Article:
The Garden Community for Garden Lovers

Victoria, Australia Au

Alright, so I recently was given a terrarium as a gift and I absolutely love it! I'm not sure what plants are in it, but I'm pretty sure it contains some kind of moss. (I attached a photo)
When I received it, the only instructions I was given was to spray it once a day. I did some research and many people said that a spray a day was too much and that it only needs to be sprayed once every couple of weeks. I decided to stick with the instructions I was told and would reduce the watering amount if I saw any build up of gunk or rotting. So over the past couple of weeks I have been spraying it once a day. It receives good sunlight through a window, but the sun isn't harsh because winter is only just ending. I have notice though that the leaves have started to turn brown as if they are dying. My immediate response was to start watering them more, because I thought that they were drying out, however when I touched them they were moist. There was no build up of water but some of the leaves looked a bit gunky. I did some research and discovered that it is most likely due to the minerals in the water building up and slowly killing the moss. I didn't know what to do and so I stopped watering my moss to prevent any further damage. Now my moss is drier and still brown.
Why is my terrarium dying? Is it because of the minerals in the water and if so, is there anyway I can save it? Will using filtered water save it or is it too late?
Please help! I hate seeing it dying! :(

Yes_4 Yes Yes_5



Are you using tap water?
The coleus look healthy enough so it is just about getting the water right for the sphagnum(?) moss - which will prefer damper conditions. The coleus wants moist but not soggy, while moss will prefer soggy!

When you say 'spray' are you drenching the plants or just giving a light misting? The moss will benefit from daily misting but the coleus won't, so be careful where you are directing the water. Originally, a terrarium would be sealed so that it only needed watering once a year - when plants were pruned - what you have really is an attractive planted bowl with plants that have different requirements.

If you have an aquarium store nearby try getting some RO water. You could also try collecting rain water. Apologies for my ignorance on the rainfall subject but, if you are in an urban area and you get a heavy downpour then start collecting rainwater about 15-20 minutes into the downpour - fish keepers who use rainwater in their tanks do this, it means there is less chance of air pollutants in the water. If you are lucky enough to live in an area without air pollution then there's no need to wait.

You could also try misting with bottled (still) drinking water which will have some minerals but won't have the chemicals used to keep tap water clean.

29 Aug, 2015


Get it out of direct sun - no matter how weak the sun's rays, they will be magnified by the glass container, and moss particularly will hate that.

What you've got in there are two different varieties of Hypoestes (commonly known as Polka dot plant, and a good terrarium subject) and sphagnum moss. Now, the Hypoestes likes a good, bright light, and a bit of sun doesn't go amiss, BUT, the moss will not like any sun when its sitting in a glass container. So the best position for your terrarium is in a brightly lit (by daylight) sunless position. The sunlight its received so far is likely why the moss has browned - but also note that, if the moss fronds come into contact with the glass, browning occurs then too.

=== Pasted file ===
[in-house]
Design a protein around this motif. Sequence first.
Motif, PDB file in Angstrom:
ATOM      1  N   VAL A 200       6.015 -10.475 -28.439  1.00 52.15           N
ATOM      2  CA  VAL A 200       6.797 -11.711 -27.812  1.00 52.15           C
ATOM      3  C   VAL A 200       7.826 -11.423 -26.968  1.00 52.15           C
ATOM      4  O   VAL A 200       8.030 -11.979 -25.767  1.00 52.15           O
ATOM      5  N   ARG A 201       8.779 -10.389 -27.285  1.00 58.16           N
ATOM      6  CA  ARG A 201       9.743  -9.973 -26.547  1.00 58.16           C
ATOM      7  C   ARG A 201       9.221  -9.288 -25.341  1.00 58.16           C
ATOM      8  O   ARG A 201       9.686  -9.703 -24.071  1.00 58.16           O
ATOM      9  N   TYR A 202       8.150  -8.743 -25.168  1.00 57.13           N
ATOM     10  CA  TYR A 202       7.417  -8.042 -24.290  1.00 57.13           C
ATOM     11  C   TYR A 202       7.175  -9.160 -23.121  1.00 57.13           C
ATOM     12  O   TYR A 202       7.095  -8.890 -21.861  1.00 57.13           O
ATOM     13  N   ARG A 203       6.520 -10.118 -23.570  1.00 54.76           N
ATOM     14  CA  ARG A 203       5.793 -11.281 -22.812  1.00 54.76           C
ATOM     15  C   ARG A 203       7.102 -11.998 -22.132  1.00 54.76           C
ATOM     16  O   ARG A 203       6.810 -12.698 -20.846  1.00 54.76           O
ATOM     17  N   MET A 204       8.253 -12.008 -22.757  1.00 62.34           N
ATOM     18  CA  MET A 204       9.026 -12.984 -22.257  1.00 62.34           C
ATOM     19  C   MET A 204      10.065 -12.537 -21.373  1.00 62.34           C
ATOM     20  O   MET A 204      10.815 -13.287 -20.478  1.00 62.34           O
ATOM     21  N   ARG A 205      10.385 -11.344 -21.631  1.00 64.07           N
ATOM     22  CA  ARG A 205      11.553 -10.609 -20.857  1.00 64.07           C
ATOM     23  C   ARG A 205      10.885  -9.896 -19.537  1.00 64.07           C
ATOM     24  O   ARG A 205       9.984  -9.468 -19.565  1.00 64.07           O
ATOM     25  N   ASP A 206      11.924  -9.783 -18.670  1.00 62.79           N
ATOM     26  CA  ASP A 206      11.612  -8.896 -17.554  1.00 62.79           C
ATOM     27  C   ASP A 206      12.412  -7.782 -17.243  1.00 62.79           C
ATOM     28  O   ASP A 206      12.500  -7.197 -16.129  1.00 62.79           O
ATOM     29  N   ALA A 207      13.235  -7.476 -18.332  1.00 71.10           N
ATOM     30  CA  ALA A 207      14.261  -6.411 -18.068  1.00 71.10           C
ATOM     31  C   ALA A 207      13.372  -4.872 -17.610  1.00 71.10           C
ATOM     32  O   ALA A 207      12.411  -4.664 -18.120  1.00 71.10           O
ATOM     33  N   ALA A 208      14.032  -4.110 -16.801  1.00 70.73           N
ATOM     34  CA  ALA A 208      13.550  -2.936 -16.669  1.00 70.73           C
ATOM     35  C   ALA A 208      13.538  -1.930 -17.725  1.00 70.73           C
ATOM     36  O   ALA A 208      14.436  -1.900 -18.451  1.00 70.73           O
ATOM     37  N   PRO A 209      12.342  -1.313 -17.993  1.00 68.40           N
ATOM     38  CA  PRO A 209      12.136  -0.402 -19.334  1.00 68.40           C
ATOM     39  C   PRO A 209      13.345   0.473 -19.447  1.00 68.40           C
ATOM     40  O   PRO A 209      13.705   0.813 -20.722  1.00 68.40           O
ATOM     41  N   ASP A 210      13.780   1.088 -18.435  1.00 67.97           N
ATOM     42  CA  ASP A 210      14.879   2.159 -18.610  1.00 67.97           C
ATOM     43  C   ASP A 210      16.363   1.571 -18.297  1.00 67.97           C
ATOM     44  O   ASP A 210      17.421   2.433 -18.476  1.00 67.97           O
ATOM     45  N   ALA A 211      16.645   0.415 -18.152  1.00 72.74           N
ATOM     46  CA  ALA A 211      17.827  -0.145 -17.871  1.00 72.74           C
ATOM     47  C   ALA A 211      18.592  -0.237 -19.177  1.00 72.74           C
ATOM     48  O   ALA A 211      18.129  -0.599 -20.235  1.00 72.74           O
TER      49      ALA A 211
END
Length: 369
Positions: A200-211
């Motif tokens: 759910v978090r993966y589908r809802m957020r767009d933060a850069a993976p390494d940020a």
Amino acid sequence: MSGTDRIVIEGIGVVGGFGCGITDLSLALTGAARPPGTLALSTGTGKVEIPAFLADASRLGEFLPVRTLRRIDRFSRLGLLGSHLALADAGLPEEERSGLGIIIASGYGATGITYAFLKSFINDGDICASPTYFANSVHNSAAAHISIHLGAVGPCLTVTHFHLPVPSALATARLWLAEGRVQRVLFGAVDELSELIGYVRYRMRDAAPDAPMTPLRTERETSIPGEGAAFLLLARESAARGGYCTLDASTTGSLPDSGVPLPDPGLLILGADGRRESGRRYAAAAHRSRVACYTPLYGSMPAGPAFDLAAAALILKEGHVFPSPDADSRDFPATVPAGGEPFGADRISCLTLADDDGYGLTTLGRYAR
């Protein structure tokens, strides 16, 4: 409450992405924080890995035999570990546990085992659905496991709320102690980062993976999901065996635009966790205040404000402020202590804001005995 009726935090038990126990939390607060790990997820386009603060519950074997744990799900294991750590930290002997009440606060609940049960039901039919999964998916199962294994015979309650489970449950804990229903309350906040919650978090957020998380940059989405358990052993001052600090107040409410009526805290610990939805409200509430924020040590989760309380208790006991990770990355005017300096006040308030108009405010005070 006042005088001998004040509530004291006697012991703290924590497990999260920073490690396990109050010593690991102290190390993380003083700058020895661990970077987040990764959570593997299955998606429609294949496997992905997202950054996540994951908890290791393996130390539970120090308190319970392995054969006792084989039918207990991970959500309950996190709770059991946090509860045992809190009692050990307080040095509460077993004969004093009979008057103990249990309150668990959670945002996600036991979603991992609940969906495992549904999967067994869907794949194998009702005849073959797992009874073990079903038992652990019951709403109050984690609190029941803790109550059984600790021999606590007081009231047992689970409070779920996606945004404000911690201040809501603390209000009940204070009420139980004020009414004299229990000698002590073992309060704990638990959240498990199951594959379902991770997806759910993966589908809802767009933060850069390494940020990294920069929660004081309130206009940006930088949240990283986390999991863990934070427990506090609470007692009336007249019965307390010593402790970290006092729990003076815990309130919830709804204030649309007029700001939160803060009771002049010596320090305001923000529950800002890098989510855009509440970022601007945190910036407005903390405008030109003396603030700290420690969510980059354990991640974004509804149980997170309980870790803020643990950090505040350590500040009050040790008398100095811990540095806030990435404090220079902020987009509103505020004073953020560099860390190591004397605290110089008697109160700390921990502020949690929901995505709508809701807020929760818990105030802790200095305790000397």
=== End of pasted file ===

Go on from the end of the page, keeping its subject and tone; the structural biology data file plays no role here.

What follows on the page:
Instructions for watering moss in terrariums are every 1-2 weeks, but that assumes you're actually watering and not just misting, so I imagine every other day will be fine. If you notice the Hypoestes wilting, then they're not getting enough moisture, so see how it goes. If you're not sure how dry things are, you at least have a fishbowl type of terrarium which means you can get your hand in there and poke around to see how moist (or not) the soil and stones are. Tapwater's fine, but if you live in a hard water area, you might consider boiling the water and leaving it to cool before using to get rid of the lime content, or using distilled water instead - there's a risk you'll end up with lime/salt deposits on the glass otherwise.

29 Aug, 2015


Fittonia, actually, Bamboo, still a good terrarium subject. Unless the terrarium has a lid, or the room humidity is very high, I would mist the moss every two days, with distilled or reverse osmosis water--charcoal filters won't help enough.
Sorry, Bamboo, but boiling won't help hard or salty water, in fact, it will make it worse. Only distilling, reverse osmosis, or de-ionizing actually removes the culprit calcium and sodium ions.

29 Aug, 2015


Ah, I was thinking purely of limescale - which will be removed by boiling. I know that cos its all over the inside of my kettle!

And you're right about the Fittonia for the pinkish one, but I'm still not convinced the red leaved one isn't Hypoestes phyllostachys, there are loads of varieties that look very similar.... though having looked some more, there is a variety of Fittonia called F. verschaffeltii which is pretty close... I'm guessing it don't matter too much, the care will be similar.

30 Aug, 2015


Fittonias, in my experience, are more sensitive to over watering, though neither could be called drought tolerant.

30 Aug, 2015

How do I say thanks?

Answer question


Not found an answer?